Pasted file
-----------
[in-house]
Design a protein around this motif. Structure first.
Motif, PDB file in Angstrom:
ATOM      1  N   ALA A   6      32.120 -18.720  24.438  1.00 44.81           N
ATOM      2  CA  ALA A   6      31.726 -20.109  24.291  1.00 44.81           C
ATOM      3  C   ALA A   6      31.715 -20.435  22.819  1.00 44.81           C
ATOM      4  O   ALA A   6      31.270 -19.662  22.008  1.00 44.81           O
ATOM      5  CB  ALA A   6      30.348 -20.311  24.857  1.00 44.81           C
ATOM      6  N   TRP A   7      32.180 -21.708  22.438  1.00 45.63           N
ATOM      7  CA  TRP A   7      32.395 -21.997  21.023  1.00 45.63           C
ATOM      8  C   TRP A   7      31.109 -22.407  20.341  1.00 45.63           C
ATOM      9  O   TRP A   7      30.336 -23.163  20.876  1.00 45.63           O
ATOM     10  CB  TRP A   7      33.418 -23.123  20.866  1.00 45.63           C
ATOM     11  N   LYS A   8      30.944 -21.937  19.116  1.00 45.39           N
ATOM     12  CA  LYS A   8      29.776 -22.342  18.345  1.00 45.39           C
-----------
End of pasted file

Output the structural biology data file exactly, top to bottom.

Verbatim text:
[in-house]
Design a protein around this motif. Structure first.
Motif, PDB file in Angstrom:
ATOM      1  N   ALA A   6      32.120 -18.720  24.438  1.00 44.81           N
ATOM      2  CA  ALA A   6      31.726 -20.109  24.291  1.00 44.81           C
ATOM      3  C   ALA A   6      31.715 -20.435  22.819  1.00 44.81           C
ATOM      4  O   ALA A   6      31.270 -19.662  22.008  1.00 44.81           O
ATOM      5  CB  ALA A   6      30.348 -20.311  24.857  1.00 44.81           C
ATOM      6  N   TRP A   7      32.180 -21.708  22.438  1.00 45.63           N
ATOM      7  CA  TRP A   7      32.395 -21.997  21.023  1.00 45.63           C
ATOM      8  C   TRP A   7      31.109 -22.407  20.341  1.00 45.63           C
ATOM      9  O   TRP A   7      30.336 -23.163  20.876  1.00 45.63           O
ATOM     10  CB  TRP A   7      33.418 -23.123  20.866  1.00 45.63           C
ATOM     11  N   LYS A   8      30.944 -21.937  19.116  1.00 45.39           N
ATOM     12  CA  LYS A   8      29.776 -22.342  18.345  1.00 45.39           C